Win the Investment race

Written on the 28 October 2016

Win the Investment race
It's been a volatile time on global investment markets, as shares and other assets are knocked about. At times like these it's little wonder that more cautious investors decide it's too risky to approach the start line.

No sensible person would take risks with their hard-earned cash for the sake of it, but the paradox of investing is that there's no avoiding risk if you want to achieve financial security.

Risk vs volatility
Investing is an inherently risky business, but perhaps not in the way you think. While it's common to hear people talk about volatility as a byword for risk, they are not the same thing.

In investment markets, volatility refers to daily price fluctuations. Risk, on the other hand, is the possibility that an investment will provide a lower return than expected over your time horizon or even a permanent loss.

Short-term volatility is only a risk if you need to sell investments after a big price fall. The longer your time horizon, the less important volatility becomes.

That doesn't mean you can afford to set and forget your investments. All investments involve some form of risk. Here is a rundown of some of the main types of risk:

General market risk
This refers to the possibility that an investment will lose value because of a general decline in financial markets, due to one or more economic, political, or other factors. For example, during the global financial crisis

share prices fell across the board. Market risk can cause problems for investors who need to sell assets into a falling market to raise cash, but it can also provide opportunities to pick up a bargain.

Economic risk
This refers to the possibility of an economic shock or crisis that will cause panic selling, such as a debt crisis or a credit squeeze.

Interest rate risk
When rates are low investors borrow to buy shares and property, pushing up prices. When interest rates rise it is more expensive to borrow money to invest in shares and property so they tend to fall in value, while bank

savings accounts and term deposits become more attractive.

Exchange rate risk
Exchange rates add another layer of risk and complexity when you invest in international shares and funds or local shares with overseas operations. You can manage this risk to some extent by buying a hedged version

of an overseas fund or shares in a local company that hedges its currency exposure.

Country risk
Sometimes particular countries face political or economic upheavals that spook financial markets. The Greek debt crisis and the Chinese sharemarket crash are two recent examples.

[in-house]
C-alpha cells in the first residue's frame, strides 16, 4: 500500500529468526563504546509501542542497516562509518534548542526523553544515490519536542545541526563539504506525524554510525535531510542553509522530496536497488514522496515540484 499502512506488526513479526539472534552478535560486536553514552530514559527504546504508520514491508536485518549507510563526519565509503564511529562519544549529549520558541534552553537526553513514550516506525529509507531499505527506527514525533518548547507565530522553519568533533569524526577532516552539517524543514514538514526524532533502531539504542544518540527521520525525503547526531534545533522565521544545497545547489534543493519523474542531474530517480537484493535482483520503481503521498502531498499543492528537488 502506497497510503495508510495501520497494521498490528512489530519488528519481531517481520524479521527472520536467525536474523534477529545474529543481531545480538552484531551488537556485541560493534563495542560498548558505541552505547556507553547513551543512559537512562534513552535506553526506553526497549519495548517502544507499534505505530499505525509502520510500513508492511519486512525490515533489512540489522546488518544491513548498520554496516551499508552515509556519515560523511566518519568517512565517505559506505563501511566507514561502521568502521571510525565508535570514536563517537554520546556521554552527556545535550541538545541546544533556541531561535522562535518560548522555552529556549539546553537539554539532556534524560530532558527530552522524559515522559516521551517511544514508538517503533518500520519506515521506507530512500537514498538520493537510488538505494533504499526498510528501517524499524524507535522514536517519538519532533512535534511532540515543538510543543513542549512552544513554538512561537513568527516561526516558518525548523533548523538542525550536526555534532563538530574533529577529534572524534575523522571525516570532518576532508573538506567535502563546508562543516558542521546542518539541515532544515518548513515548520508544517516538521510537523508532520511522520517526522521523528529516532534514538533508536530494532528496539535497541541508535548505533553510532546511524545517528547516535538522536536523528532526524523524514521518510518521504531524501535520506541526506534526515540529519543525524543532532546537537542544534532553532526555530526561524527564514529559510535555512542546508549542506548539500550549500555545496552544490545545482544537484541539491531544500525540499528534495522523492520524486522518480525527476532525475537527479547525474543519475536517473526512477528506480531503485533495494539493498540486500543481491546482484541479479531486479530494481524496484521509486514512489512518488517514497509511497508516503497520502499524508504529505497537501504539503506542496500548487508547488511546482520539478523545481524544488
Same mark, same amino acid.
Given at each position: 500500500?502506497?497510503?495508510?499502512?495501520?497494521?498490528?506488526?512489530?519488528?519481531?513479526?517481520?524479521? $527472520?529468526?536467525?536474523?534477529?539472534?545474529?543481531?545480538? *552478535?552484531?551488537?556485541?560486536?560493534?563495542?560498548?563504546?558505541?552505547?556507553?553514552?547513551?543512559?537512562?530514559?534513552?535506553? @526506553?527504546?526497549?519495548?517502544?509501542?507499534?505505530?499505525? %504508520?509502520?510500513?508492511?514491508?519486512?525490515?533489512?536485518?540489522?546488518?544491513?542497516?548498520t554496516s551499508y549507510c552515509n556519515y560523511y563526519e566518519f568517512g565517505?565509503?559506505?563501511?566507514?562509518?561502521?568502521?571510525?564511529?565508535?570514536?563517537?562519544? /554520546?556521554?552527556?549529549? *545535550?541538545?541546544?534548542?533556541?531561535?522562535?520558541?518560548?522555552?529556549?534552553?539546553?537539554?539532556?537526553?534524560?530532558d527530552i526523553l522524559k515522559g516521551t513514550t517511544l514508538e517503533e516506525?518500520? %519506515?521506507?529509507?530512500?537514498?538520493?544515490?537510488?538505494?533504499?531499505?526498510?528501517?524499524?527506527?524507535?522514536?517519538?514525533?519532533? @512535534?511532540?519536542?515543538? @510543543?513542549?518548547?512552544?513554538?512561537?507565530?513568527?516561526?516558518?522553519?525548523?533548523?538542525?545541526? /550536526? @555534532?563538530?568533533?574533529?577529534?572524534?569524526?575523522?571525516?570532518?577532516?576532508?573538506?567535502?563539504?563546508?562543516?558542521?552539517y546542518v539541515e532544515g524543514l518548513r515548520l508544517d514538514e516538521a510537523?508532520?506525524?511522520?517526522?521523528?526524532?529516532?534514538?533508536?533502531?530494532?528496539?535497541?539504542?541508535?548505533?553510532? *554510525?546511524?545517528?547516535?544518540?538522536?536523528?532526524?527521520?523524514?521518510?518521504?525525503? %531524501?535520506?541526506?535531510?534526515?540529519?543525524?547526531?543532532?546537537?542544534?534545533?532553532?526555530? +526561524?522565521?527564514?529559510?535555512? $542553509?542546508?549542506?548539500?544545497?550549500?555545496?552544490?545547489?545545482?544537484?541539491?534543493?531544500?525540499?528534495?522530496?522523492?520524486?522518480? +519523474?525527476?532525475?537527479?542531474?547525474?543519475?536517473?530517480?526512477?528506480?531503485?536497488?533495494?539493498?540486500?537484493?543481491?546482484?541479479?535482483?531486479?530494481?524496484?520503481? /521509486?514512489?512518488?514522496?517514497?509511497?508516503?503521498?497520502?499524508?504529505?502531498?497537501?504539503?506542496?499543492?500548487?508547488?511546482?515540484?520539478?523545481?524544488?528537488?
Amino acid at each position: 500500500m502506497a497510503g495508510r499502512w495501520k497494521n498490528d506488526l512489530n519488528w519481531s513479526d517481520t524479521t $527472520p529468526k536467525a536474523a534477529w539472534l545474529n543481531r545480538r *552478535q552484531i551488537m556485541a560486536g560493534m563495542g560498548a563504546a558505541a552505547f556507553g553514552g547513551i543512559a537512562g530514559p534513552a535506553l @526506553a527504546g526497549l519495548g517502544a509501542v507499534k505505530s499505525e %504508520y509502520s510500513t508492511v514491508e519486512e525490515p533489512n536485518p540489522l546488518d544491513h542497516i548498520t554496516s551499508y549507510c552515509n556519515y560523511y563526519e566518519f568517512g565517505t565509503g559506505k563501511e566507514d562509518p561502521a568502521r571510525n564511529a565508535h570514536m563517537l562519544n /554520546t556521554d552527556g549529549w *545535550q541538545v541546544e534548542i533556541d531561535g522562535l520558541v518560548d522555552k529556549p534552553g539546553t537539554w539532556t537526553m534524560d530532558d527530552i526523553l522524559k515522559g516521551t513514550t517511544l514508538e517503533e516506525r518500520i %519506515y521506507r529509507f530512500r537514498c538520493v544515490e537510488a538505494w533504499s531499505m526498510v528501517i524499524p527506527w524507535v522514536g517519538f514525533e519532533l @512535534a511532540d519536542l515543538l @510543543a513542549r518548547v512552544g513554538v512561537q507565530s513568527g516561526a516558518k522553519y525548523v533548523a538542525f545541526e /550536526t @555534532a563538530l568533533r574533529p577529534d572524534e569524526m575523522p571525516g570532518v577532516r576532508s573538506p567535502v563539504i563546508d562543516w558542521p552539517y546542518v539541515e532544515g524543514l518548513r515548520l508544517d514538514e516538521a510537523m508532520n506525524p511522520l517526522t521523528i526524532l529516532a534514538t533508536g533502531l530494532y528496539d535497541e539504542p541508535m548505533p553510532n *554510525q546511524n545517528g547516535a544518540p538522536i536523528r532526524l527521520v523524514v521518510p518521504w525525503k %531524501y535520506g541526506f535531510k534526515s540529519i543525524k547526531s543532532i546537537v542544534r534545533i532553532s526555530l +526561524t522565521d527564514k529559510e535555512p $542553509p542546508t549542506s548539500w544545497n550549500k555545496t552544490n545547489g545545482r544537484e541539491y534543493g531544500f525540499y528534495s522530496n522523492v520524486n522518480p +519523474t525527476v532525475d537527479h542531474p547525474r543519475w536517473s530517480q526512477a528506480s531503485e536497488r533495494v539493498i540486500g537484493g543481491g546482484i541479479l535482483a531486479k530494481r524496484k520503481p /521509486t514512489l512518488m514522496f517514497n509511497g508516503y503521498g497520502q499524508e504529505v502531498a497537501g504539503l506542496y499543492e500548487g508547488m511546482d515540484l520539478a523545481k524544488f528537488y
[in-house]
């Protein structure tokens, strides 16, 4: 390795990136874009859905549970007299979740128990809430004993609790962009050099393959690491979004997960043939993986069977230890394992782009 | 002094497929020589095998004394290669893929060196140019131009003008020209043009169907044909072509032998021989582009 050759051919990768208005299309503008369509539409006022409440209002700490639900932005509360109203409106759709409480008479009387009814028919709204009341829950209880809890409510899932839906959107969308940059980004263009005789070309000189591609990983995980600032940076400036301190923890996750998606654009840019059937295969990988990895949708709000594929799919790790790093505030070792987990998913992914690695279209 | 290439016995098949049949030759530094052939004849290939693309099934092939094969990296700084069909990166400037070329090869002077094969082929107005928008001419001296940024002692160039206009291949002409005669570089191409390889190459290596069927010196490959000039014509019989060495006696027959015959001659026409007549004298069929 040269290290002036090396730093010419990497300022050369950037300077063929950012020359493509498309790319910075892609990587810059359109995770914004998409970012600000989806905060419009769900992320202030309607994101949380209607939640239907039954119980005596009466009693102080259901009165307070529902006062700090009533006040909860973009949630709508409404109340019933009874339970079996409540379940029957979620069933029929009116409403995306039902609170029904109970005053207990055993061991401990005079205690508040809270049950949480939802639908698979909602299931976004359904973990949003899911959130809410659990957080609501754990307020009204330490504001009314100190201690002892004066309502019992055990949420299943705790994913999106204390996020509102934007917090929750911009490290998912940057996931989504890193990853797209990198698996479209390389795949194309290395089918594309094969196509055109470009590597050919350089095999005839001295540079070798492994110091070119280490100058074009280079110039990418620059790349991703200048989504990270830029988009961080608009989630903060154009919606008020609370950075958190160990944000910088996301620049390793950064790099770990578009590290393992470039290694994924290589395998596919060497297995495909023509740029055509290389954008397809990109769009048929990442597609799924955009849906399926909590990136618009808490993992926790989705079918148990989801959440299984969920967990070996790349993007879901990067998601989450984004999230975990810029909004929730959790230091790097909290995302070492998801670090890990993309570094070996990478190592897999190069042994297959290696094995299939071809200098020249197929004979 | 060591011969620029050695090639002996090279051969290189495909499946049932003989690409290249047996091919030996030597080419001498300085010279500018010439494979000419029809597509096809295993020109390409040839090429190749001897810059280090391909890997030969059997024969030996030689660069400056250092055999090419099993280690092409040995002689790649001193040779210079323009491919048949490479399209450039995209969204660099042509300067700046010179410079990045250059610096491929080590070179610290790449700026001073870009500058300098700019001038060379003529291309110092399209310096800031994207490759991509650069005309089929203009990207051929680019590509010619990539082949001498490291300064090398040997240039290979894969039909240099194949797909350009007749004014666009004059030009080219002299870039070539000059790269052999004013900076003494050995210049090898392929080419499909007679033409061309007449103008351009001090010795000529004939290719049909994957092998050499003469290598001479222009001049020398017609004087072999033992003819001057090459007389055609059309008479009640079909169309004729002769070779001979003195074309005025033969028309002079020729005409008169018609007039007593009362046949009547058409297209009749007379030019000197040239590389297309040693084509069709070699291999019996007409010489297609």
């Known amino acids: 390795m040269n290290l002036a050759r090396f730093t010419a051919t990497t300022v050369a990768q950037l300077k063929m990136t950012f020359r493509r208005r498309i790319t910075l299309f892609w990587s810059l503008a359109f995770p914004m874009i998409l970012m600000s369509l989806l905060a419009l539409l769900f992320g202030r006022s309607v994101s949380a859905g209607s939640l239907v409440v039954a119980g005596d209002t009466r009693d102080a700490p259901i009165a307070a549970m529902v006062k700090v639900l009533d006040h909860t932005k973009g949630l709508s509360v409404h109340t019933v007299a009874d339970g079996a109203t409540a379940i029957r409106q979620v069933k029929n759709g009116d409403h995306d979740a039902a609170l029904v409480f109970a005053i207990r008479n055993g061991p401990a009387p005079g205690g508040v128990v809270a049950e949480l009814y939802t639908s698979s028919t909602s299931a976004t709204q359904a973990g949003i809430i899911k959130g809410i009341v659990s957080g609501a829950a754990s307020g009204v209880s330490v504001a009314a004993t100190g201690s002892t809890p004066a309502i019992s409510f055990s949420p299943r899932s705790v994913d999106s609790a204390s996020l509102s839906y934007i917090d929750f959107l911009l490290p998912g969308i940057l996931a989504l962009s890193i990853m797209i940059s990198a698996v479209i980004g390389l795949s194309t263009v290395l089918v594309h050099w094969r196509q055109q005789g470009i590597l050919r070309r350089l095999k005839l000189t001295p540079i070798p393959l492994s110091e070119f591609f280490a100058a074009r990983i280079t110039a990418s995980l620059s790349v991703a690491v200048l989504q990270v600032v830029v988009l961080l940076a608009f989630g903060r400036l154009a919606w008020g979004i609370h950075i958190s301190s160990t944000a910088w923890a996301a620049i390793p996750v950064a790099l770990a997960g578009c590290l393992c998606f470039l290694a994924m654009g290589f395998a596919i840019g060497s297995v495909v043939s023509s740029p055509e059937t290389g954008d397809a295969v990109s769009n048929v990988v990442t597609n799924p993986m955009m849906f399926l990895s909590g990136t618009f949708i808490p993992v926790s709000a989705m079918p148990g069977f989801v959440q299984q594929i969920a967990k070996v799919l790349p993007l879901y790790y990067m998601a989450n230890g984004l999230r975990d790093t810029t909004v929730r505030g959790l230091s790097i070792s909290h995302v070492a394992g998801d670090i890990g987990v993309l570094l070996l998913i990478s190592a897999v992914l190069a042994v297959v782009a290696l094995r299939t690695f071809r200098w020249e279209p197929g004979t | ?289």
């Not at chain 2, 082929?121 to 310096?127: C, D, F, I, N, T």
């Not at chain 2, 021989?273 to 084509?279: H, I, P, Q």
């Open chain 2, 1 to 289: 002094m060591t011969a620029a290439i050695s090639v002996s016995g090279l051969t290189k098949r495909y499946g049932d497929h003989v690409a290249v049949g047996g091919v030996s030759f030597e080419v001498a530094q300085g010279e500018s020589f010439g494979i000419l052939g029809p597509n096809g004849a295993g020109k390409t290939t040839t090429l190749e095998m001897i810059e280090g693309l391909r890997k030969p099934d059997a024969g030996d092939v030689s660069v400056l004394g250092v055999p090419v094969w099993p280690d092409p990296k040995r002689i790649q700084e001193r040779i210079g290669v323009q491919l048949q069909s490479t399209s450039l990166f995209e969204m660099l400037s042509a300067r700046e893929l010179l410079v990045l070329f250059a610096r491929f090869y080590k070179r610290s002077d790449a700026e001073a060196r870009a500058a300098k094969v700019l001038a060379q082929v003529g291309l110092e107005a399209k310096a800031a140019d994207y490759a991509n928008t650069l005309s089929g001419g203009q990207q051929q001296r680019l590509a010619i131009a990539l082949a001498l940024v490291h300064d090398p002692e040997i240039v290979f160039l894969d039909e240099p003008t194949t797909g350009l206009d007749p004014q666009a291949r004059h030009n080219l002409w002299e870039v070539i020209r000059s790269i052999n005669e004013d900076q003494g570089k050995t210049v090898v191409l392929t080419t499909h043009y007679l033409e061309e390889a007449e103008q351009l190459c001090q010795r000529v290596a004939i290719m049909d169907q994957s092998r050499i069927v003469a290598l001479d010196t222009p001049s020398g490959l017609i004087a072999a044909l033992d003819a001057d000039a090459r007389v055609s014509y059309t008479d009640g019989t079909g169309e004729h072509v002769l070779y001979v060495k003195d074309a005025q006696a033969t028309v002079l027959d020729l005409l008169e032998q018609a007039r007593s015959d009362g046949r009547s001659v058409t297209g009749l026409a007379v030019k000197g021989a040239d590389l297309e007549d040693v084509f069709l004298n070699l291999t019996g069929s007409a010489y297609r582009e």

Inflation is an increase in the prices of goods and services in the economy and goes hand in hand with growth. But if the return on your investments is lower than the rate of inflation your purchasing power will go backwards.

Sector risk
This applies to particular sectors of a market or economy. For example, the spread of the internet is disrupting the business model of companies in the media sector, while low commodity prices have hit companies in the resources sector.

Specific risk
This is the risk that a company you own shares in turns out to be a lemon. Or your investment property is in the path of a new freeway.

That may sound like a lot of risk, but without accepting some degree of risk you are unlikely to earn the returns you need to keep ahead of inflation and achieve your financial goals.

Risk tolerance
The amount of risk you accept depends on your personal tolerance for risk, your investment goals and the price you put on a good night's sleep. It will also depend on your time horizon.

If you are close to retirement, you may wish to reduce the overall risk of your portfolio to protect your capital. Even so, it's still wise to keep a portion of your money in higher risk investments such as shares and property to produce the returns you need to last the distance.

Given that today's retirees can expect to live well into their 80s, the biggest risk of all is the risk of outliving your investments, or longevity risk.

You can't banish risk entirely but the good news is that most risks can be reduced or managed with some simple strategies. Understanding what you are investing in is important, but the simplest way to mitigate against risk is to avoid putting all your eggs in one basket.

Shares, property and bonds all perform well, or poorly, at different points in the economic cycle. So diversification across and within asset classes and geographic locations is the best insurance against a period of poor performance in a single investment or the broader market.

If you would like to discuss your risk tolerance in the context of your investment portfolio, don't hesitate to call.

Any advice in this website is general advice only. The content has been prepared without taking into account the investment objectives, financial situation or particular needs of any particular person. Before making a decision about any information contained on this website you should carefully consider the appropriateness of the information in light of your personal circumstances in addition to the information provided in the PDS of the relevant financial product. You should also consider seeking professional advice from your financial adviser.

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